Increased physical activity among children helps create life long healthy habits that prevent obesity. Children's participation in regular physical activity is associated with improved cardiovascular and musculoskeletal health, better mental health and emotional wellbeing, and chronic disease prevention. There also is substantial evidence showing that physically fit children perform better in the classroom. Despite the overwhelming evidence that physical activity is beneficial, however, more than half of U.S. children and adolescents are not getting enough physical activity.
After-school programs could potentially provide up to 30 minutes of moderate-to-vigorous physical activity each day, satisfying half of the national recommendation for daily physical activity. However, much work remains to be done to create more consistent policies and implement activity programs that are evidence-based. Furthermore, there needs to be efforts to monitor progress toward meeting policies and holding programs accountable.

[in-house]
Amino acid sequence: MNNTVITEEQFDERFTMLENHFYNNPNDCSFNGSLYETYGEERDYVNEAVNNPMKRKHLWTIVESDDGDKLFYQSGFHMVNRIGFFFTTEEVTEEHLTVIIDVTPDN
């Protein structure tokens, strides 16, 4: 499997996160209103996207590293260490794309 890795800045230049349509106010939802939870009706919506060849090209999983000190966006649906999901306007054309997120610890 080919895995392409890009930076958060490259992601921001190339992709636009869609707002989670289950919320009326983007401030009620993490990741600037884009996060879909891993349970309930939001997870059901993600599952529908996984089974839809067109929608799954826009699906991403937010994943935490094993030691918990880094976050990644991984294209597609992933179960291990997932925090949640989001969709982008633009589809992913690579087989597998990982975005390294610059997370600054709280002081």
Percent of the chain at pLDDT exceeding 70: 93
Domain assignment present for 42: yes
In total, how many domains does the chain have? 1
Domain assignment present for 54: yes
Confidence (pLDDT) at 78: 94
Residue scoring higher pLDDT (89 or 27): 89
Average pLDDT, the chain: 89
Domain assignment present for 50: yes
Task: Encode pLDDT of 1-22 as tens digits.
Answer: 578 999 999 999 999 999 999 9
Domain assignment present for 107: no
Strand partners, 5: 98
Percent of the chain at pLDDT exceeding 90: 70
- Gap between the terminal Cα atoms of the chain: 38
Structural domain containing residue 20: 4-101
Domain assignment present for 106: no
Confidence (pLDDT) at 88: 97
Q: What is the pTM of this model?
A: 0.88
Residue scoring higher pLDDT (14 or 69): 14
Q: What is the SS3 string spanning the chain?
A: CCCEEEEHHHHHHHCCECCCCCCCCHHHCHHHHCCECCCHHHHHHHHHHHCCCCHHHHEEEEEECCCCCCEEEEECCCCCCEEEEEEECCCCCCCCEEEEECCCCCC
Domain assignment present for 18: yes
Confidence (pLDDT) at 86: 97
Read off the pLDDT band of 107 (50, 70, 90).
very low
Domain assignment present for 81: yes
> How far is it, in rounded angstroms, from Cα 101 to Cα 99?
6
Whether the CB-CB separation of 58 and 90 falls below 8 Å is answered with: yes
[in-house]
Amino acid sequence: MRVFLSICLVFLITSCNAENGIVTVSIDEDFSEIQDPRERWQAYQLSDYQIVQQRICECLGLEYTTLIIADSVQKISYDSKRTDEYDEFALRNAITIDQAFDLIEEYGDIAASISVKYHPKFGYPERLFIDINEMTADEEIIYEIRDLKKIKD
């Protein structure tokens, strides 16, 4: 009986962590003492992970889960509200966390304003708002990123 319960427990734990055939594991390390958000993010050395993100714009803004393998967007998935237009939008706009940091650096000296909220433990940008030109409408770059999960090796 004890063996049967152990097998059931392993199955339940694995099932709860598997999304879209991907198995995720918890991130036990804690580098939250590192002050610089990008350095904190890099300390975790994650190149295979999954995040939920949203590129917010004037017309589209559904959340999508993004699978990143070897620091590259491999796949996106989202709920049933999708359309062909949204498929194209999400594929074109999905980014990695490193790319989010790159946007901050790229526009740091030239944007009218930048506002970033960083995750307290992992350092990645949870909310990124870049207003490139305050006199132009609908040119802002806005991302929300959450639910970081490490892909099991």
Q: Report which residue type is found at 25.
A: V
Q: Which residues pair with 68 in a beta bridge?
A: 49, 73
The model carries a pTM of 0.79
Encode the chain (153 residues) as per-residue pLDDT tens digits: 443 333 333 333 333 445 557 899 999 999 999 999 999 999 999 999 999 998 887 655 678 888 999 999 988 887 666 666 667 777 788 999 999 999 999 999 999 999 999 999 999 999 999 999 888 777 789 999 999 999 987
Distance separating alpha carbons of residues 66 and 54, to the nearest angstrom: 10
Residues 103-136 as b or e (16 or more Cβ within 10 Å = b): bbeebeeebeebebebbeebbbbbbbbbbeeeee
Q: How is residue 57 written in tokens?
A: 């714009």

Co-sponsored by Active Living Research, a national program of the Robert Wood Johnson Foundation, this Web Forum will provide recommendations for how programs and policies can better support physical activity in after-school settings and provide examples from national and local efforts. Speakers will share success stories from the YMCA-the largest provider of after-school programs in the nation- and discuss lessons learned from initiatives that successfully increase children's physical activity levels. Speakers will also briefly explore how to promote physical activity during summertime and other academic break periods.